What retailers need to know about the OSHA vaccine mandate

Retailers need to prepare now despite legal challenges from NRF and others
VP, GR & Workforce Development

The Occupational Health and Safety Administration has finally issued its Emergency Temporary Standard implementing President Biden’s September order that companies with 100 or more workers mandate that their employees are either vaccinated against COVID-19 or tested weekly.

Under the standard, workers must be fully vaccinated or undergo testing beginning January 4, but there are earlier deadlines as soon as early December that must be met to ensure compliance by then.

OSHA Compliance Guide

As soon as the ETS was issued, NRF asked the White House to delay full implementation until March given the holiday season and supply chain challenges faced by retailers. And after the 5th U.S. Circuit Court of Appeals temporarily blocked the ETS, we repeated that request in a second letter to both the White House and the Labor Department. But after the administration gave no indication that it would postpone implementation, we had no choice but to join with other business organizations and file our own lawsuit with the same court asking for a similar temporary stay blocking the order.

While the ETS is already on hold and multiple lawsuits have been filed arguing various aspects of the issue, the case brought by NRF and other business groups details the impact on the retail industry and says the ETS comes at “the worst possible time of the year” for our industry.

The ETS comes as retailers across the country have already taken extraordinary measures to keep their employees, customers and communities safe during the pandemic. Many have encouraged vaccination, offered employees incentives for vaccination or voluntarily adopted vaccination mandates.

COVID-19 resources

Learn more about the latest developments in the workplace amid the ongoing pandemic.

Despite these efforts, the administration has decided to declare an “emergency” 19 months into the pandemic and during the most crucial shopping season of the year. As such, OSHA’s new rules will cause additional disruption to the economy, exacerbate the existing labor shortage and saddle retailers with burdensome and time-consuming requirements.

Given that the stay already ordered by the 5th Circuit is only temporary and that the outcome of other legal actions is uncertain, retailers need to begin immediate preparations to comply with the ETS. Here are key things retailers need to know:

By December 5:

•    Employers must inform workers of the ETS requirements and ETS-related company policies or procedures.
•    Employers must impose a mask mandate for unvaccinated employees.
•    Employers must assess their workforce to determine who is and isn’t vaccinated. Employers are required to view employees’ vaccination cards to confirm their status.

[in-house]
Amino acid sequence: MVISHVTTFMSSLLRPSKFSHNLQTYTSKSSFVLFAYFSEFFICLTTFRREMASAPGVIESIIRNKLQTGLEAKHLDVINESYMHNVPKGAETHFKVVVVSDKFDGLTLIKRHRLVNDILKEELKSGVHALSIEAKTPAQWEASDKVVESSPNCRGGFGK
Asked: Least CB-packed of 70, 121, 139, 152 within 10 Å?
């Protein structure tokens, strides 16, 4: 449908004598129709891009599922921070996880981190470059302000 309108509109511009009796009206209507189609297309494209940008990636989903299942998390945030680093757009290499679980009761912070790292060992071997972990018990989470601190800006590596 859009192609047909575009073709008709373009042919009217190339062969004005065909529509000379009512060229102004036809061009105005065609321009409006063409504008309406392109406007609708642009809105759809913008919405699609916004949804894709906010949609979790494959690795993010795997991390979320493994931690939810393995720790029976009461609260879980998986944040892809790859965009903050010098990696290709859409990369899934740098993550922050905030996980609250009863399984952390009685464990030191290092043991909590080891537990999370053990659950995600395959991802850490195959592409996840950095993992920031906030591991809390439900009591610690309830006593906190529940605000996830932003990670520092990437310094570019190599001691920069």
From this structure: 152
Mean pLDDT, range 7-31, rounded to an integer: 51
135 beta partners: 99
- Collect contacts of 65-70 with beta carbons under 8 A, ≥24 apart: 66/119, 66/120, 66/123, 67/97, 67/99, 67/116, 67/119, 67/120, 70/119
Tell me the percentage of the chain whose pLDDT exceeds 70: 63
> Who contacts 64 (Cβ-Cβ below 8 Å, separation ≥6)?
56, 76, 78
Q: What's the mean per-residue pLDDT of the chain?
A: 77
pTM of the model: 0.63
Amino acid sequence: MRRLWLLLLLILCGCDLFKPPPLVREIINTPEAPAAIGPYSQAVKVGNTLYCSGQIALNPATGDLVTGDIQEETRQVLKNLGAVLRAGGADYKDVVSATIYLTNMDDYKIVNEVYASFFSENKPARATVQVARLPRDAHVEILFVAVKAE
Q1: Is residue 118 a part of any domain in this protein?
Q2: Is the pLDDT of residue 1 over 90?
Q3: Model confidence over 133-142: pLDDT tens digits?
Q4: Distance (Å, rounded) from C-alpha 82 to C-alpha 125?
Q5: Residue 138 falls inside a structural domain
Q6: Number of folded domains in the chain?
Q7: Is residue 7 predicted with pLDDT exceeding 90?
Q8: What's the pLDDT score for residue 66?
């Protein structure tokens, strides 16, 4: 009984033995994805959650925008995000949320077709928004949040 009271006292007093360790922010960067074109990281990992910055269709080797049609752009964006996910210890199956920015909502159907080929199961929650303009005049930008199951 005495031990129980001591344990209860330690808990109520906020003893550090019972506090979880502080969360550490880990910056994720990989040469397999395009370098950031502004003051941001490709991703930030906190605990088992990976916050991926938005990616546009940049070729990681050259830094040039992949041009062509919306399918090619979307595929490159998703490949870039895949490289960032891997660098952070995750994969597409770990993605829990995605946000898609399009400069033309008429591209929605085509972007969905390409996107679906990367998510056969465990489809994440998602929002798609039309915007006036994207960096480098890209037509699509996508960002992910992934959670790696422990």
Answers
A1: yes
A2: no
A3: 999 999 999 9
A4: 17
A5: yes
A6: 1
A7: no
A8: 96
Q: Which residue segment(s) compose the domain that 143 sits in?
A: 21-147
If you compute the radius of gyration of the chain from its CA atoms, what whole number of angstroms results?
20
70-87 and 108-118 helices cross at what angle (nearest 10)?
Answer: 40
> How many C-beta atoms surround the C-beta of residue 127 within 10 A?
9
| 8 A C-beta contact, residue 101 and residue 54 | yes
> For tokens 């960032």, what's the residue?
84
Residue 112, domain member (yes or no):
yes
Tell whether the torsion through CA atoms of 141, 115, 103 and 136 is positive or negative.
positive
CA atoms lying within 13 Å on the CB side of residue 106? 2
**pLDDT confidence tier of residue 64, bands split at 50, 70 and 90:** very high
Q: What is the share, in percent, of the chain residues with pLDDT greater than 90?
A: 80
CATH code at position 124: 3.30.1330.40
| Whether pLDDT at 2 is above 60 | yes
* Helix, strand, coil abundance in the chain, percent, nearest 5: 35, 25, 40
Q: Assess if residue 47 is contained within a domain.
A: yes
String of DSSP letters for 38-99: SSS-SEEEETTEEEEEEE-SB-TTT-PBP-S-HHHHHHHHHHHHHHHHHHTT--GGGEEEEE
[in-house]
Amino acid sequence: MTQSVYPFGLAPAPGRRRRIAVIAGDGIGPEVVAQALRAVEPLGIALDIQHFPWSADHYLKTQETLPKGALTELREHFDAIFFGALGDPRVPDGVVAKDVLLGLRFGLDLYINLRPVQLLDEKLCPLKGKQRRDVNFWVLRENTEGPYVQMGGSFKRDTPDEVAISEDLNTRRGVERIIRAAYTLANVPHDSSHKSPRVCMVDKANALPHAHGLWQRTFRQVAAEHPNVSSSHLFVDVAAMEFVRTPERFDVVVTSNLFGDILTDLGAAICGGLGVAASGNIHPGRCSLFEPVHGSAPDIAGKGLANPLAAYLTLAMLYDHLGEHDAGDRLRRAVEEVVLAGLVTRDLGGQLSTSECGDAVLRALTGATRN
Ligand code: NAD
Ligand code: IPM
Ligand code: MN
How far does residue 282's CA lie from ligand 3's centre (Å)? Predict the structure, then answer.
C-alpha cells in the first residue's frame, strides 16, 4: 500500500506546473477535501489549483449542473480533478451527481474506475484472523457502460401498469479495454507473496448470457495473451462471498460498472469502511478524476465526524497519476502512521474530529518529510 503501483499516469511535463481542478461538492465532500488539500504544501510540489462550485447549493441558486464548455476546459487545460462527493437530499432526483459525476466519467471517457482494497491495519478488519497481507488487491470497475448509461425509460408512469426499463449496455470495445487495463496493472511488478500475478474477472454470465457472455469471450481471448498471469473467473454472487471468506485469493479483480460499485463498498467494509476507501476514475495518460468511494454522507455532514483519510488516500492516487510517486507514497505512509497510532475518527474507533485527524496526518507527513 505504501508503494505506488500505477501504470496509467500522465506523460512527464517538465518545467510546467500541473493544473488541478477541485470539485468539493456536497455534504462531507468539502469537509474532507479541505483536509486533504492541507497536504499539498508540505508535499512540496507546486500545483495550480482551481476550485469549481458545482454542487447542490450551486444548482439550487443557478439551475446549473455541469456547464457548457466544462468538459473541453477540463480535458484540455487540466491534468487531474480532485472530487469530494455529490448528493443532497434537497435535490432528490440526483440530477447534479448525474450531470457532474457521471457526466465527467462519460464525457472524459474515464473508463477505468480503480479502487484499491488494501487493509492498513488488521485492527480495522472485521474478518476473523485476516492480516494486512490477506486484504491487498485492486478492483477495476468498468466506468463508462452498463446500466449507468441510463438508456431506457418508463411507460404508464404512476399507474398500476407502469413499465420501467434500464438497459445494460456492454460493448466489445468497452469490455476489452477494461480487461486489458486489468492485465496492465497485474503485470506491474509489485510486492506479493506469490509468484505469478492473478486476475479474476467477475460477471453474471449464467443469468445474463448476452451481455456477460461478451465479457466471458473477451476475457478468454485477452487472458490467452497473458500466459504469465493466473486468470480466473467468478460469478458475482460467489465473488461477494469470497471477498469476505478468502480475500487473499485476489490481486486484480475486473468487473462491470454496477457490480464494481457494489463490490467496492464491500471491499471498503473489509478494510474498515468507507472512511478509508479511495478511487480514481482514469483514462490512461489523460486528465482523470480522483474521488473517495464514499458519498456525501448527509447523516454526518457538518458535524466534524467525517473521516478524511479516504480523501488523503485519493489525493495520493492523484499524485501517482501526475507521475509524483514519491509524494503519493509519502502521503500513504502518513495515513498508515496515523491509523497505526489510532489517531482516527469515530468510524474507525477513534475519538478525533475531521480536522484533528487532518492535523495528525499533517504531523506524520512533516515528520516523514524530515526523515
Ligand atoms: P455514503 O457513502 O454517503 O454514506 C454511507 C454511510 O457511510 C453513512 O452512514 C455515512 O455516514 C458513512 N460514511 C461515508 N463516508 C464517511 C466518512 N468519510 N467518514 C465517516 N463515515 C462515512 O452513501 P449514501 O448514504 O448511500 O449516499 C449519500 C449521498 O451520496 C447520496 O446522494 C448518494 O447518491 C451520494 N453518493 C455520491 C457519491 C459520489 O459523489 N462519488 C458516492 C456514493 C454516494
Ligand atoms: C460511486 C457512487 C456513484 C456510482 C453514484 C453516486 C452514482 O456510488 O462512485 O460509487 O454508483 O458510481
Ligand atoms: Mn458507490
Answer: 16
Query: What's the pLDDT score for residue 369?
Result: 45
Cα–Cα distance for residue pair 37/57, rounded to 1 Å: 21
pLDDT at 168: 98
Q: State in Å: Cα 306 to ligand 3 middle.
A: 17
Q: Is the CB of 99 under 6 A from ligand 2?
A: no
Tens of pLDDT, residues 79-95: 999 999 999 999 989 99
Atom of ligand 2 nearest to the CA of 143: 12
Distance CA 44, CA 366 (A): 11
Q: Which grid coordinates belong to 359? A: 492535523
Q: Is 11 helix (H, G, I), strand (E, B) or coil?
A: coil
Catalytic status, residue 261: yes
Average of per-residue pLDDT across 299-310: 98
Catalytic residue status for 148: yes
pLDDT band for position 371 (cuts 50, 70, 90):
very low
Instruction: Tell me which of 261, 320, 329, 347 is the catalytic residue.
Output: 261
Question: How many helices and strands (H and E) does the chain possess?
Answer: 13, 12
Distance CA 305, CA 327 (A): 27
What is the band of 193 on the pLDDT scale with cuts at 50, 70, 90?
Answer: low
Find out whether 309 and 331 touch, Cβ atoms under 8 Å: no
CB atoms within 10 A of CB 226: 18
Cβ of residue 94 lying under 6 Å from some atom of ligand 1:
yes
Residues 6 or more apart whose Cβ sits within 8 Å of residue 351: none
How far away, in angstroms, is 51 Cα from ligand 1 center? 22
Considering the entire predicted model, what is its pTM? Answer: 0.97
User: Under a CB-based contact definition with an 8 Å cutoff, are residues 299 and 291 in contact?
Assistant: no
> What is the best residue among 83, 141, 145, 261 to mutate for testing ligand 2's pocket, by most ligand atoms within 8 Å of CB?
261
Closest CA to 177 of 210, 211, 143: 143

•    Employers must determine which unvaccinated workers are willing to get vaccinated and which refuse.

By December 7/December 14:

•    To receive both shots and be fully vaccinated by January 4, workers who are willing to be vaccinated must receive their first Moderna shot by December 7, or their first Pfizer shot by December 14. Those choosing the single-shot Johnson & Johnson vaccine have until January 3.
•    Employers must provide up to four hours of paid time off for workers to get vaccinated, including travel time, and cannot require workers to use vacation time.
•    Employers must provide “reasonable” paid time off to recover from any side effects but can require workers to use accrued time off.

Operation Open Doors

Stay up-to-date on the latest news regarding COVID-19 mandates for employers.

Beginning January 4:

•    Employers must have a vaccine/testing mandate in place.
•    Unvaccinated employees can be admitted to the workplace only if they produce a negative COVID-19 test and wear a mask.
•    Unvaccinated employees must be tested weekly, and employers must have a testing program in place. Employers have the option of either paying for the tests or requiring employees to pay. Simple home-type rapid tests can be used, but the test must be administered in the presence of the employer, a health care provider or telehealth test proctor.
•    Employees who test positive for COVID-19 or who are diagnosed with the virus must be removed from the workplace.
•    Employees who work alone without coworkers or customers, from home or exclusively outdoors are exempt from the vaccine mandate and testing.

The above is a simplified summary of the ETS requirements and was updated on Nov. 10. The most current information, including the full ETS text, can be found on OSHA’s ETS website, and retailers should have their legal counsel carefully review the requirements.

Related content

NRF decries NLRB decision that would stifle employer speech
court ruling gavel law book
Employers have the right to express their views about unionization.
Read more
NRF Statement on Final Overtime Rule
default image
NRF Statement on Final Overtime Rule
Read more
5 reasons why lower taxes mean better deals for consumers and retailers
Individuals doing taxes.
The Tax Cuts and Jobs Act serves as a catalyst for economic expansion.
Read more